Irony in Jeremiah’s Prophecy of a New Covenant -- By: Wilber B. Wallis

Journal: Journal of the Evangelical Theological Society
Volume: JETS 12:2 (Spring 1969)
Article: Irony in Jeremiah’s Prophecy of a New Covenant
Author: Wilber B. Wallis

Irony in Jeremiah’s Prophecy of a New Covenant

Wilber B. Wallis, Ph.D.*

*Professor of New Testament, Covenant Theological Seminary, St. Louis, Missouri.

Jeremiah 31 contains the promise of a new covenant, one of whose perplexing features is the nature of the new covenant, or more exactly, how it differs from other covenants. So soon as attention is given to each of the details stated by Jeremiah, our perplexity increases. Each of the items adduced is but a repetition of some familiar aspect of salvation already known in the Old Testament.

(1) The new covenant involves the spiritual apprehension of the law in the: heart. This theme is already known from Deuteronomy 6:6, 7: “And these words which I command you this day shall be upon your heart; and you shall teach them diligently to your children, and shall talk of them when you sit in your house, and when you walk by the way, and when you lie down, and when you rise” (RSV), It was a familiar note in devotional meditations, for example, Psalm 37:31: “The law of his God is in his heart; his steps do not slip” ‘(RS. The famous prophecy of Ezekiel touches the same theme in Ezekiel 26, 27: “A new heart will I give you, and a new spirit I will put within you; and I will take out of your flesh the heart of stone and give you a heart of flesh. And I will put my spirit within you, and cause you to walk in my statutes and be careful to observe my ordinances” (RSV). Hence this feature of the new covenant is not new.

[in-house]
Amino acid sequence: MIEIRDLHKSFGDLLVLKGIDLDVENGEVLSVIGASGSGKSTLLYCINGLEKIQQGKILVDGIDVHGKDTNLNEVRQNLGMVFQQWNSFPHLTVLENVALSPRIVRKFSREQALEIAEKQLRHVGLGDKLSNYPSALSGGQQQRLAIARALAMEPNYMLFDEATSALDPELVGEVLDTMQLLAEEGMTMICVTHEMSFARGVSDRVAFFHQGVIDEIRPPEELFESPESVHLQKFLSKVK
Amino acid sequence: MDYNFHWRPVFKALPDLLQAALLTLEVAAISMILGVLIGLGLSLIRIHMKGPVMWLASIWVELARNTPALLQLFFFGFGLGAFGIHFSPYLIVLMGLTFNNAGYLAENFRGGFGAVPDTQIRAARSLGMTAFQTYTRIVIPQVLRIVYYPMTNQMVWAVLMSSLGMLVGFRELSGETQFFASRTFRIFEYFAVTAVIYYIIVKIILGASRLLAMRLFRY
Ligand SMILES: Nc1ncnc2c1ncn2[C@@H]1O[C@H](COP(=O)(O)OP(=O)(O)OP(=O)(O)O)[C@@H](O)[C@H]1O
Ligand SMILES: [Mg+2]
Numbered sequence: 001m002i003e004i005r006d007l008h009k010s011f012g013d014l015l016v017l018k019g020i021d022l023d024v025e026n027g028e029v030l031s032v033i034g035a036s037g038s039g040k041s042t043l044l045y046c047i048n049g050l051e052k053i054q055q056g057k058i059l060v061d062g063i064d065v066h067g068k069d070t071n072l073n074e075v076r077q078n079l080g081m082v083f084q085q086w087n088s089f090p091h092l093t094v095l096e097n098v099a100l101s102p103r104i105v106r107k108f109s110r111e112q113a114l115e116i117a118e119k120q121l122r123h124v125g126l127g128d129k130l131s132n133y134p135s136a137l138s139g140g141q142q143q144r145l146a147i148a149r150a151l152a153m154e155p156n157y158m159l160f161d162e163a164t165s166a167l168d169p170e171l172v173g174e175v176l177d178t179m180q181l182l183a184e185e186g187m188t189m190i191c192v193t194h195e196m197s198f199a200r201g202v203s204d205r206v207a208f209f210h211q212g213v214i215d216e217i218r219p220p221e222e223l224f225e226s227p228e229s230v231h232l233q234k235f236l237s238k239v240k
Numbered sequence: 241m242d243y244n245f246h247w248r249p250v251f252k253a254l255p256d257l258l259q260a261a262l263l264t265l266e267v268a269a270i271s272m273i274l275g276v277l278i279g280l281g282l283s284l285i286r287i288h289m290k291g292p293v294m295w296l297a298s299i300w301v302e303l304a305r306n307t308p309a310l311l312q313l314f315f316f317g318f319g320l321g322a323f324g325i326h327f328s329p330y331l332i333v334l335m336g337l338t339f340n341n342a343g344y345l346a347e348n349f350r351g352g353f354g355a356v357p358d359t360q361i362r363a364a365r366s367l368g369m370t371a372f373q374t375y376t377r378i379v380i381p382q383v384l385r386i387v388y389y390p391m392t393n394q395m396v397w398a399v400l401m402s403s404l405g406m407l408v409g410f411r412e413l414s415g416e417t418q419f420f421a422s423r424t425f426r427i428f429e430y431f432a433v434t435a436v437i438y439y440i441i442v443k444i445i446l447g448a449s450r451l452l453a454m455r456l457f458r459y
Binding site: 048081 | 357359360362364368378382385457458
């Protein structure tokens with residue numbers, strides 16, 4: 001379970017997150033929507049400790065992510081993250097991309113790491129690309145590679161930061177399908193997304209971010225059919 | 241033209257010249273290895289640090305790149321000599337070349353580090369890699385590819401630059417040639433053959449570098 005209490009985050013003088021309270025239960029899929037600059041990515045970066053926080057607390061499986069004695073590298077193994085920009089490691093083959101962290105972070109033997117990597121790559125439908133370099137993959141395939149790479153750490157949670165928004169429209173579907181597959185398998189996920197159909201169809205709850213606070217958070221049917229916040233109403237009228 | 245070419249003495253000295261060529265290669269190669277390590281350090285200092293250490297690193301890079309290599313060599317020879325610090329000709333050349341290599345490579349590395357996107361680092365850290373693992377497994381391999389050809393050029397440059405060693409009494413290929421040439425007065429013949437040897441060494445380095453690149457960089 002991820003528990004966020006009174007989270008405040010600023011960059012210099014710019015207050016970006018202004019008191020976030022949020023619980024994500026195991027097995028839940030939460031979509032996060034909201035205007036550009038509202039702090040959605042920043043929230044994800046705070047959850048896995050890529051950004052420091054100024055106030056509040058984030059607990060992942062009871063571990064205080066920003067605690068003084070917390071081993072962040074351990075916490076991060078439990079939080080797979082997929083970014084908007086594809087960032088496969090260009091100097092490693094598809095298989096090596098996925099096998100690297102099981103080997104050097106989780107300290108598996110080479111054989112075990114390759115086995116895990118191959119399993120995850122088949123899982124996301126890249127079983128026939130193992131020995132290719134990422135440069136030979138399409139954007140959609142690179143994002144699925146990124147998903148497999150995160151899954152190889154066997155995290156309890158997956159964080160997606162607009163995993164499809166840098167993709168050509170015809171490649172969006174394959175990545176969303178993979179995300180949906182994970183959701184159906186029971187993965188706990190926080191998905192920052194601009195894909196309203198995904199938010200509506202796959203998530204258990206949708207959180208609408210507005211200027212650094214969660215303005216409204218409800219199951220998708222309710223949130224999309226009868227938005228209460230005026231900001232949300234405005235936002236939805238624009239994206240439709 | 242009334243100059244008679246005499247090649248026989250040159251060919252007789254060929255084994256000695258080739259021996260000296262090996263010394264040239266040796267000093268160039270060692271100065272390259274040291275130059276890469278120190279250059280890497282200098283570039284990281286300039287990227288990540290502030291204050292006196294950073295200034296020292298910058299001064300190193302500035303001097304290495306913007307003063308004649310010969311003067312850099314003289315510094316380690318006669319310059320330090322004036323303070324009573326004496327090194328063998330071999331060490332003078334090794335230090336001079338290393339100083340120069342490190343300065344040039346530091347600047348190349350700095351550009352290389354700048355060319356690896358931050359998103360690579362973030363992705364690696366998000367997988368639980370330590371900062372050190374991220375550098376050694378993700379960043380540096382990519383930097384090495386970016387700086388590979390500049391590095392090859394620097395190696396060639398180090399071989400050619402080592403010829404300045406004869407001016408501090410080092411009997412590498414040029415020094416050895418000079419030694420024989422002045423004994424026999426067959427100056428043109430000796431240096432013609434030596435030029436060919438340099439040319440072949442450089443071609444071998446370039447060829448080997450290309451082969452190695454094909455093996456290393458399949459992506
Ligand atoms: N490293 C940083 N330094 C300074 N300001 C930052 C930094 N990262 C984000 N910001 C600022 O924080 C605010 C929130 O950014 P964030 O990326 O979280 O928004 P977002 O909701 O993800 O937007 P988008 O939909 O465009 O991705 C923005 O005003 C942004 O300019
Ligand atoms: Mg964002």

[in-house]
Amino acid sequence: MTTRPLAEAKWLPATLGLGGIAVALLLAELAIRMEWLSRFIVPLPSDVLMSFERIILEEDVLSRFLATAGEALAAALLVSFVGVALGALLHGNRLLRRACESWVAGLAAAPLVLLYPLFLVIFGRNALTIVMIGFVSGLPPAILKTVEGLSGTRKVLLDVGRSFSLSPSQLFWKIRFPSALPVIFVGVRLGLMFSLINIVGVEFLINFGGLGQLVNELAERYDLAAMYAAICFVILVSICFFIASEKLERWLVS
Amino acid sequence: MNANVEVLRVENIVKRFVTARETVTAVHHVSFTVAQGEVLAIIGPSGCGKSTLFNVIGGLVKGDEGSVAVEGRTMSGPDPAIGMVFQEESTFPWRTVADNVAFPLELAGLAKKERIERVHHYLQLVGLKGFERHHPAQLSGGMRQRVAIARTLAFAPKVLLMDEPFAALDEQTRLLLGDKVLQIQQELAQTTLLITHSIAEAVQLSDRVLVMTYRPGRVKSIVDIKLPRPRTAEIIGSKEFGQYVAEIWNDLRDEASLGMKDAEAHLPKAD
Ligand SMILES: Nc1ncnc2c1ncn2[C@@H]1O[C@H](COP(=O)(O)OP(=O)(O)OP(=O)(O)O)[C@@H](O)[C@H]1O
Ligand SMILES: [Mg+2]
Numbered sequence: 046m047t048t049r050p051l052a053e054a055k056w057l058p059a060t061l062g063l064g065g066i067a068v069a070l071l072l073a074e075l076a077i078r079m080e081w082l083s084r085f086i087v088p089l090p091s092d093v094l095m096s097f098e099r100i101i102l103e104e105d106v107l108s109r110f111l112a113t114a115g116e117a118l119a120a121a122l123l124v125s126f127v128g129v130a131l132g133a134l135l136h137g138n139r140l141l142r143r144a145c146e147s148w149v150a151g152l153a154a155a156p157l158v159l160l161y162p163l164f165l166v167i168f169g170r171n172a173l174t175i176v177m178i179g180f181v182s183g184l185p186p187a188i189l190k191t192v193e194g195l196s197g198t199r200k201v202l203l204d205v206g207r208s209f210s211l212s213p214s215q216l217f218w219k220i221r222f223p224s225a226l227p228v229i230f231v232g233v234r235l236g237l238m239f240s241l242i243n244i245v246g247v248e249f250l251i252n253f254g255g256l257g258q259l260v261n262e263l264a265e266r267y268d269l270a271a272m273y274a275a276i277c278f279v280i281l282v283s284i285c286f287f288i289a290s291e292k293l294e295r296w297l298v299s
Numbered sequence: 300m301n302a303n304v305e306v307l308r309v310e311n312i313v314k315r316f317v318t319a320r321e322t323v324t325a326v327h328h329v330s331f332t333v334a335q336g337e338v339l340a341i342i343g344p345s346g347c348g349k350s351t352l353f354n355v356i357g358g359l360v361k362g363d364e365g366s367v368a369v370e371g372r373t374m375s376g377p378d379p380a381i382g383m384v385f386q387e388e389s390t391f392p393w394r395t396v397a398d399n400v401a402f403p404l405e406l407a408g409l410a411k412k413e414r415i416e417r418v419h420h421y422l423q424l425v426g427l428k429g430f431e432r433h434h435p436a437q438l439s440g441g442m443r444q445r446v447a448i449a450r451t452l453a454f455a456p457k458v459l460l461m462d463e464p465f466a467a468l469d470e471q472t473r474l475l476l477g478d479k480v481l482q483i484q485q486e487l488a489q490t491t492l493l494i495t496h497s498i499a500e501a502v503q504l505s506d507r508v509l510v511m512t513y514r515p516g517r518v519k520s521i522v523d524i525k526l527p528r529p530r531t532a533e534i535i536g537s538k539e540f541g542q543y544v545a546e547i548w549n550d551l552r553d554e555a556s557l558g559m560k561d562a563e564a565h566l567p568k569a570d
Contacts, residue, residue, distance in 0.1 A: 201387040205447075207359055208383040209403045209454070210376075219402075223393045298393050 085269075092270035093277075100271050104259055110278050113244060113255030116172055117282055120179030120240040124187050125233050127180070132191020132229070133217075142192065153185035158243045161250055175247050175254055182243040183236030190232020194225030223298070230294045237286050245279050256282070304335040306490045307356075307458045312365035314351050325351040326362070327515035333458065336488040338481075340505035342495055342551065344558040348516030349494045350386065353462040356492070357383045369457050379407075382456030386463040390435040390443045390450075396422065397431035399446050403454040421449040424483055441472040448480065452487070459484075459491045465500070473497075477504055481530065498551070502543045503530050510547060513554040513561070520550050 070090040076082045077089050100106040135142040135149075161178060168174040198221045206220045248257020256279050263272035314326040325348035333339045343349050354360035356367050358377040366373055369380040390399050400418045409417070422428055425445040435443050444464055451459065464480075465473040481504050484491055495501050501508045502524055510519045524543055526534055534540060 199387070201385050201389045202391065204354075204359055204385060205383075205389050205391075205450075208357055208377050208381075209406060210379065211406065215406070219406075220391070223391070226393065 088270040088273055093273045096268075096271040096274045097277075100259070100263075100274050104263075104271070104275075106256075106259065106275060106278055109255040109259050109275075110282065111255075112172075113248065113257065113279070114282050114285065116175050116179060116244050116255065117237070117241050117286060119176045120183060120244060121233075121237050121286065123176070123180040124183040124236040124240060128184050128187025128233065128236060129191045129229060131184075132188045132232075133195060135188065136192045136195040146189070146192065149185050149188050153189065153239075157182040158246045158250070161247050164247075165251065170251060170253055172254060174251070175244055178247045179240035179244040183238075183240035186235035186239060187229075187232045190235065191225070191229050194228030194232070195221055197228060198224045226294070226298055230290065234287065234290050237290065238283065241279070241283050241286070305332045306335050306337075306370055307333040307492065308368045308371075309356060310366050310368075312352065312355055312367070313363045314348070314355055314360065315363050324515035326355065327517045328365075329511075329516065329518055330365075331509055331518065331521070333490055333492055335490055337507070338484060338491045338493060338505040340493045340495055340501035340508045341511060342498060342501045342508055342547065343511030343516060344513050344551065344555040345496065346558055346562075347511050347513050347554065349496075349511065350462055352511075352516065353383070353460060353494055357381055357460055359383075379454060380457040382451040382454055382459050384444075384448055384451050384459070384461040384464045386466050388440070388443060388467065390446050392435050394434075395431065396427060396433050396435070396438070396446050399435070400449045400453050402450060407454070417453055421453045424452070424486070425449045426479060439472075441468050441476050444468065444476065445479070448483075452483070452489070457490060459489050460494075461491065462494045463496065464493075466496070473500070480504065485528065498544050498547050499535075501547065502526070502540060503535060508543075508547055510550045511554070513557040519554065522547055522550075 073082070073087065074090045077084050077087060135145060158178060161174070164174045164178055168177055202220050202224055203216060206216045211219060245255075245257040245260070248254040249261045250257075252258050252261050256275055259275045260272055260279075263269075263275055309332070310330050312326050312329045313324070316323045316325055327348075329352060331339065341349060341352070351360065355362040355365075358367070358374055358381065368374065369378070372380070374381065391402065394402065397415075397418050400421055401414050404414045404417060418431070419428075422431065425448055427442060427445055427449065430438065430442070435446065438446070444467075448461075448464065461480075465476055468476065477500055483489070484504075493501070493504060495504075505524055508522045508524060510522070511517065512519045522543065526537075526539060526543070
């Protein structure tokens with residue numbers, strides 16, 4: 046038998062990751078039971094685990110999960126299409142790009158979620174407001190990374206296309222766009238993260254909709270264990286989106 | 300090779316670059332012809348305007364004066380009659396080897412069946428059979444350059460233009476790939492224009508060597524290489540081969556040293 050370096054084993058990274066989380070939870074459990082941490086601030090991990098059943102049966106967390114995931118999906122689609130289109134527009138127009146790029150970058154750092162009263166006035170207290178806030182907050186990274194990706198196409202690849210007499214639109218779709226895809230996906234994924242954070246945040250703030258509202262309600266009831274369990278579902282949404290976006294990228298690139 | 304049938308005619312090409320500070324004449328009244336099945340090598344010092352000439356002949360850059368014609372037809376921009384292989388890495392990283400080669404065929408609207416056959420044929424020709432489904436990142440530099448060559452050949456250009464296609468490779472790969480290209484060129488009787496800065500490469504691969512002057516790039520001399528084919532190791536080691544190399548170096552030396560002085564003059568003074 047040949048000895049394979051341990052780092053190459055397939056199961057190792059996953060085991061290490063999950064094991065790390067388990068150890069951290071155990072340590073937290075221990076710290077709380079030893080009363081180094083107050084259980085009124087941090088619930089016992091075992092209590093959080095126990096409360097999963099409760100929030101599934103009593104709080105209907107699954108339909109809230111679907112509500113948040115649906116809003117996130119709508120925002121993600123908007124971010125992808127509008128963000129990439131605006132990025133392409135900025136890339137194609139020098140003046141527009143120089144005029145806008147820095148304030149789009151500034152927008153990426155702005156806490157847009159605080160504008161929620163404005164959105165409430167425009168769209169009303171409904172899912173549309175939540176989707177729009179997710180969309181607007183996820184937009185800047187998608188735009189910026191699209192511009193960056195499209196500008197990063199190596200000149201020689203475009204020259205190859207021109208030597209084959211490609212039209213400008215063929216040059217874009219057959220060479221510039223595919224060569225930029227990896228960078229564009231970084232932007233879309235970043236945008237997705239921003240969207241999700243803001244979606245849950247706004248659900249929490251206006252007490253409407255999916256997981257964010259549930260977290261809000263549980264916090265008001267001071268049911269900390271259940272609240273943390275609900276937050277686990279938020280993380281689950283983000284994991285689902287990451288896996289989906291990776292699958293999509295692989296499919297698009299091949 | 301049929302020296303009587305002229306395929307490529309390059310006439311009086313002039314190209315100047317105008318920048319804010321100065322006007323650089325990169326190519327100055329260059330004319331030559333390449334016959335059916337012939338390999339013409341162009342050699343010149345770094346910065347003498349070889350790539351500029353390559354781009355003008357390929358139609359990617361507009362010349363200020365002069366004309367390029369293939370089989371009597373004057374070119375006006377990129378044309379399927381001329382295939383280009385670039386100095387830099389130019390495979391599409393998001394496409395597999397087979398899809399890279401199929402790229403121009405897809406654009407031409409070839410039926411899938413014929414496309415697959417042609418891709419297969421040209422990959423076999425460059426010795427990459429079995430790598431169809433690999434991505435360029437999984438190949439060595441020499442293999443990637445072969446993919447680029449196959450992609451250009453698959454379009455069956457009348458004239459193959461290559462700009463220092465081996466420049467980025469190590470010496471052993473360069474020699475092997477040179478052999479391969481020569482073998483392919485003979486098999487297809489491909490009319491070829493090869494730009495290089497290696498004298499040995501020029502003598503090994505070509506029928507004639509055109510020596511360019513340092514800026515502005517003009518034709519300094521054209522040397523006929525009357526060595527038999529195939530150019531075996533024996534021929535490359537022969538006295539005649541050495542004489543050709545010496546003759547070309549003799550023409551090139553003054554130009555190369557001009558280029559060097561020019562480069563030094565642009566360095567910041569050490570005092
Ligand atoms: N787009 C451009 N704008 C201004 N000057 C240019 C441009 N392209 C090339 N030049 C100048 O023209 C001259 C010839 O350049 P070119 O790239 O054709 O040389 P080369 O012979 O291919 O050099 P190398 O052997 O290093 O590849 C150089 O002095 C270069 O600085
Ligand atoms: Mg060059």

(2) The new covenant involves God’s becoming Israel’s God and Israel’s becoming His people. This is quite transparent as a quotation or echo of the foundation promise to Abraham, Genesis 17:7: “And will establish my covenant between me and you and your descendants after you throughout their generations for an everlasting covenant, to be God to you and to your descendants after you.” So this feature of the new covenant is not new.

(3) The new covenant includes the full and complete forgiveness of sin, a doctrine so pervasive of the Old Testament as to need no formal proof. We need only note Exodus 34:6, 7 “’The Lord, a God merciful and gracious, slow to anger, and abounding in steadfast love and faithfulness, keeping steadfast love for thousands, forgiving iniquity and transgressions and sin but who will by no means clear the guilty, visiting ...

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